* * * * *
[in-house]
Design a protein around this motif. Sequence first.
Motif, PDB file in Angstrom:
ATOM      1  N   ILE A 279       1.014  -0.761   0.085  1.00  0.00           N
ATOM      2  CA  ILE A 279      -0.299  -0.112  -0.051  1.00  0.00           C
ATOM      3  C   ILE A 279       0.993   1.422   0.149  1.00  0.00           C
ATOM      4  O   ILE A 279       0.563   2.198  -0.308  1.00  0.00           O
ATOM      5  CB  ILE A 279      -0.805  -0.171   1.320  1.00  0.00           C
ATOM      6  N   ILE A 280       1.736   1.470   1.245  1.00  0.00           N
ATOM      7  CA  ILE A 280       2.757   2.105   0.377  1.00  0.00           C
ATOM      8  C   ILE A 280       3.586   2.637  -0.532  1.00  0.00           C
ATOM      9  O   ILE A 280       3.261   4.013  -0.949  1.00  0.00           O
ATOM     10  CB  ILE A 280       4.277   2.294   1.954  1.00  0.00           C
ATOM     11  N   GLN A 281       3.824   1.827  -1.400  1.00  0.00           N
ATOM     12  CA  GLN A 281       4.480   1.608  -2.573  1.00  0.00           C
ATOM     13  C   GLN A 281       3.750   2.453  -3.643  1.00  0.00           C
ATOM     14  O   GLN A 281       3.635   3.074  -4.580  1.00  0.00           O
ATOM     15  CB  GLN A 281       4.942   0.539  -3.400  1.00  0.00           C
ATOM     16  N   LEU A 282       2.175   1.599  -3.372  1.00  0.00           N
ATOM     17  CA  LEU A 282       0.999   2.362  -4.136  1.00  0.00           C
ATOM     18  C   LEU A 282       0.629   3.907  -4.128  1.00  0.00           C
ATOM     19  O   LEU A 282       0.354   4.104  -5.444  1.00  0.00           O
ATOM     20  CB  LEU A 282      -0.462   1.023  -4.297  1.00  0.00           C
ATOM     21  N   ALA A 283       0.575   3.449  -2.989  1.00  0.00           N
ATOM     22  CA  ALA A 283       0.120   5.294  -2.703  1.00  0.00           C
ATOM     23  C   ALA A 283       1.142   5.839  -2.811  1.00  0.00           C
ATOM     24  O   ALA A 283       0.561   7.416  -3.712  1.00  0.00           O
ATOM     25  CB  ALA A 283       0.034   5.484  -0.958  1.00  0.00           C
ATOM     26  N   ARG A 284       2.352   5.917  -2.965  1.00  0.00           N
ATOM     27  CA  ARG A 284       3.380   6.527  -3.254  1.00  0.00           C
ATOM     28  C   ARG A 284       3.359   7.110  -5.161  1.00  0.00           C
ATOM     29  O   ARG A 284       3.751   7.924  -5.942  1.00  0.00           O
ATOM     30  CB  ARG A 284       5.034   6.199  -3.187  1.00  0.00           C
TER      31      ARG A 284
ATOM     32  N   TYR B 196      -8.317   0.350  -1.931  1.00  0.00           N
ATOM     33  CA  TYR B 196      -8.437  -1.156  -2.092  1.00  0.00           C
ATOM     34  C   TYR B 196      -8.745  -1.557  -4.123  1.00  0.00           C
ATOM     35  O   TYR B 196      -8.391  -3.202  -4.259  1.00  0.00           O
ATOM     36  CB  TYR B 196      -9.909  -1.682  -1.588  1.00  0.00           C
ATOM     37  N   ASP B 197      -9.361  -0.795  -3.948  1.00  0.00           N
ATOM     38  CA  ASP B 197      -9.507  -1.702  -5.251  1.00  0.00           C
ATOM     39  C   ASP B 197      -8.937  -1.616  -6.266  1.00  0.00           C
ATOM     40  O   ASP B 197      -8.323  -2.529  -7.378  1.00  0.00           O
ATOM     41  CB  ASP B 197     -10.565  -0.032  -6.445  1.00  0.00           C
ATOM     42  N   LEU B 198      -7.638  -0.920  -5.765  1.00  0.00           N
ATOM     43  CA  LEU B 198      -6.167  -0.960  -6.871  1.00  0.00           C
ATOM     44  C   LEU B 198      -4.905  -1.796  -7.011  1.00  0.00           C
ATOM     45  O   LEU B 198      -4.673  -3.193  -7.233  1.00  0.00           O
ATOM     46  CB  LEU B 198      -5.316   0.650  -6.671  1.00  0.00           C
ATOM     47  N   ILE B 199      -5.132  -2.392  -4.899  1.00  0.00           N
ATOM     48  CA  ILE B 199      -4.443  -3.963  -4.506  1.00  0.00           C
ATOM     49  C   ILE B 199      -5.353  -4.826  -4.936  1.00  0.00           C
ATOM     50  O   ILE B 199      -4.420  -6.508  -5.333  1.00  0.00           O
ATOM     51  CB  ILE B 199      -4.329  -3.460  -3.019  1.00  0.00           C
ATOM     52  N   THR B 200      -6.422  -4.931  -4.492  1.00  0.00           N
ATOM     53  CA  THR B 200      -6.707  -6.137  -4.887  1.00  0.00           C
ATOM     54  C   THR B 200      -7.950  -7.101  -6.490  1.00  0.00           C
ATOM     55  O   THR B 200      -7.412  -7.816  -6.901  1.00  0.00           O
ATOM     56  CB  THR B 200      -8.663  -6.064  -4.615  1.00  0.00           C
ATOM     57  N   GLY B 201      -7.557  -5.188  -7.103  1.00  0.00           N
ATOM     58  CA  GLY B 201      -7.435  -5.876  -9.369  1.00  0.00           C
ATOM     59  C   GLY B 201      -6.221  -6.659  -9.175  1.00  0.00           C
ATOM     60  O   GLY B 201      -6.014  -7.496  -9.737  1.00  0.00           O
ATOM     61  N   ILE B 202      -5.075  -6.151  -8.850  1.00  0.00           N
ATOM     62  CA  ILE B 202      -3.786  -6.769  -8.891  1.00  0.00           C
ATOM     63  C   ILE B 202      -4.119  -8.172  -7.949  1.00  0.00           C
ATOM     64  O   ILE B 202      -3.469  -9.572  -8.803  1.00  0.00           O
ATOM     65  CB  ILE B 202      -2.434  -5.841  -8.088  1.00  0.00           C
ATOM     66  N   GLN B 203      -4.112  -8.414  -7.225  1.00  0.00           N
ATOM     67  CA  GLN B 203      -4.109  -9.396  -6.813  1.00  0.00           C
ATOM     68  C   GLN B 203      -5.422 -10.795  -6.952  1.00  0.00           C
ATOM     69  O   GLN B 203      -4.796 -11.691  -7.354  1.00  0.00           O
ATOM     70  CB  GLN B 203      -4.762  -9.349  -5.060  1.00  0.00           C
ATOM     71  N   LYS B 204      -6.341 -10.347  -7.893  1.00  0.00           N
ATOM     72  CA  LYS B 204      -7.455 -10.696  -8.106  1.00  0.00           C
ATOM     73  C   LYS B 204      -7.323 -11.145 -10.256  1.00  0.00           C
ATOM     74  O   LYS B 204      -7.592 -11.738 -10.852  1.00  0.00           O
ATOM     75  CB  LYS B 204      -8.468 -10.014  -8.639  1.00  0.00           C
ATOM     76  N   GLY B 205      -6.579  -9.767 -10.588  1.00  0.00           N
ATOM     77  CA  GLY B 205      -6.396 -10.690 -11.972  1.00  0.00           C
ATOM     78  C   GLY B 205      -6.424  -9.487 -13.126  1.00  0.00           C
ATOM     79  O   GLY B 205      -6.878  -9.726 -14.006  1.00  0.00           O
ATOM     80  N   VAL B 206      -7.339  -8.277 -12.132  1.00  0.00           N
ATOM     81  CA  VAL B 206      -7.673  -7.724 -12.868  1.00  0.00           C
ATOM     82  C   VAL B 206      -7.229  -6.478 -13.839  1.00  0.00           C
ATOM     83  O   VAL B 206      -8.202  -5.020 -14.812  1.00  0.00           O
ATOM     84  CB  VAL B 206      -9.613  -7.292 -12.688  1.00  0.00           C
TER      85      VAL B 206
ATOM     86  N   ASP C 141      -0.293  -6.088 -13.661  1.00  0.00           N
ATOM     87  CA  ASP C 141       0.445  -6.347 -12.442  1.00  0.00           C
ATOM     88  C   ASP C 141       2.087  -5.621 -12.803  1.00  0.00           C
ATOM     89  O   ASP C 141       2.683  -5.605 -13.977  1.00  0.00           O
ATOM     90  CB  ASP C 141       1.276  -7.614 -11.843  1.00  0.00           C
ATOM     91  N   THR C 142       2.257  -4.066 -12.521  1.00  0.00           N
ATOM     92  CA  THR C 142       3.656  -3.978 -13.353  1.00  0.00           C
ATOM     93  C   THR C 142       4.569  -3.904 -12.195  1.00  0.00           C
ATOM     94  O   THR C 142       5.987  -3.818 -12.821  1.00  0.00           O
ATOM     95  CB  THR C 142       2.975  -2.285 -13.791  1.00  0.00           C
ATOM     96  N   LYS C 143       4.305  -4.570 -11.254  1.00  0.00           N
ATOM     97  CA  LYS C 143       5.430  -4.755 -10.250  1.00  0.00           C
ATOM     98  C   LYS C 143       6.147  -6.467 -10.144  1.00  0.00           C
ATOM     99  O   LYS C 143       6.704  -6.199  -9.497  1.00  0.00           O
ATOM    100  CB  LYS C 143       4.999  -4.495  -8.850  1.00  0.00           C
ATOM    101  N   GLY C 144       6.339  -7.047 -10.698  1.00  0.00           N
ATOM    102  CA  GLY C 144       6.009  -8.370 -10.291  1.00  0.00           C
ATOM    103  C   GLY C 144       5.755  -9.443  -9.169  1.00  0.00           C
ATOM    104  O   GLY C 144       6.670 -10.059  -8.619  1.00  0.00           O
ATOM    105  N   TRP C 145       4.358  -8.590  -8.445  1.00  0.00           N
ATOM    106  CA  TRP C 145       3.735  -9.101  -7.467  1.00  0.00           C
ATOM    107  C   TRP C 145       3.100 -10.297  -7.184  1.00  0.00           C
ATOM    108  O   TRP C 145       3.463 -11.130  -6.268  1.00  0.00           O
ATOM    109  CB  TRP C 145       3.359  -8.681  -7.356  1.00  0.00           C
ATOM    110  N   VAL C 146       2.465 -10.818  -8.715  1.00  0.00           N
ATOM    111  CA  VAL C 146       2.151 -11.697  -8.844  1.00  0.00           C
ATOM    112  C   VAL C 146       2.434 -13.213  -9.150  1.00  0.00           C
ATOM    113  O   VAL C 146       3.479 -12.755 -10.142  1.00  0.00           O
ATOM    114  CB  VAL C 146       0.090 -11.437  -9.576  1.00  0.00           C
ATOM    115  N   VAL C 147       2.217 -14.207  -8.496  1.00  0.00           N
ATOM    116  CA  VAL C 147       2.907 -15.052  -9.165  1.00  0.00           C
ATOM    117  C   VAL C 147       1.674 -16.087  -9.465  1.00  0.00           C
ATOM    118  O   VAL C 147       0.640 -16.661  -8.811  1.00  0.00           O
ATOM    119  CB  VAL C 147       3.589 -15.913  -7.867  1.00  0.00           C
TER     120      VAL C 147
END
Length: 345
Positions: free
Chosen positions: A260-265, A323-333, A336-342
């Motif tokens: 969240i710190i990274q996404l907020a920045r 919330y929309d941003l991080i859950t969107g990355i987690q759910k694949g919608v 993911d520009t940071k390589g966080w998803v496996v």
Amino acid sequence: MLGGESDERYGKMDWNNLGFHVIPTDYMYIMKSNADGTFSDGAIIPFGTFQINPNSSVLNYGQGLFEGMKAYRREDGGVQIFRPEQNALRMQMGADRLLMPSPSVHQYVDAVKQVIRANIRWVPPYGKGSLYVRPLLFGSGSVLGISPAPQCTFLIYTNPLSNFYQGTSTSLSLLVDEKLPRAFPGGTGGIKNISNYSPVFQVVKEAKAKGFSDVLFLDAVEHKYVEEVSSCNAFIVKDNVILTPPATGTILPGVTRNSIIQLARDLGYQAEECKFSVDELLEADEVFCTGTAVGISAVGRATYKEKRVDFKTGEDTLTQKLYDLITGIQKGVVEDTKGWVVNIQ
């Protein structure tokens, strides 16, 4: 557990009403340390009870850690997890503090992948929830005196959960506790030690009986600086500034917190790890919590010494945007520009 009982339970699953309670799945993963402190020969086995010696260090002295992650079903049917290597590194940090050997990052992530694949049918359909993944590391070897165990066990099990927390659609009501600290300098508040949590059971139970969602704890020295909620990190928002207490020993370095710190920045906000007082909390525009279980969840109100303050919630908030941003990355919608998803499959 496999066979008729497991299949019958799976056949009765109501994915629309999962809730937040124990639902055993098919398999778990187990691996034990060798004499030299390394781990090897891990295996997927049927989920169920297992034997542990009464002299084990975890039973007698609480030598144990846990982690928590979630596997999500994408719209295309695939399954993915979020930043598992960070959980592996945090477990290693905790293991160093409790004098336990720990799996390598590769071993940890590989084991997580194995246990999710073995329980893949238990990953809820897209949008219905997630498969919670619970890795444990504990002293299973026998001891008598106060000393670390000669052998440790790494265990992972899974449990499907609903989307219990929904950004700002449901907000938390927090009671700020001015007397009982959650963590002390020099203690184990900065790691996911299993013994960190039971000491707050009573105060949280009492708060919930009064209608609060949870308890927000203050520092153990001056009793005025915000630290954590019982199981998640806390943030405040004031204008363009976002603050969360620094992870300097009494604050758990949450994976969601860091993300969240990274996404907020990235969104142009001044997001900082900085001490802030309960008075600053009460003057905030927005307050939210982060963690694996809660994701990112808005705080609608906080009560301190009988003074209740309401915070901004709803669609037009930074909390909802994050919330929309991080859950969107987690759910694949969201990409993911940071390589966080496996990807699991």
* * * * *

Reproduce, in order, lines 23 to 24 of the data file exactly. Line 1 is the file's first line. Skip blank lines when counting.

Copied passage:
ATOM     20  CB  LEU A 282      -0.462   1.023  -4.297  1.00  0.00           C
ATOM     21  N   ALA A 283       0.575   3.449  -2.989  1.00  0.00           N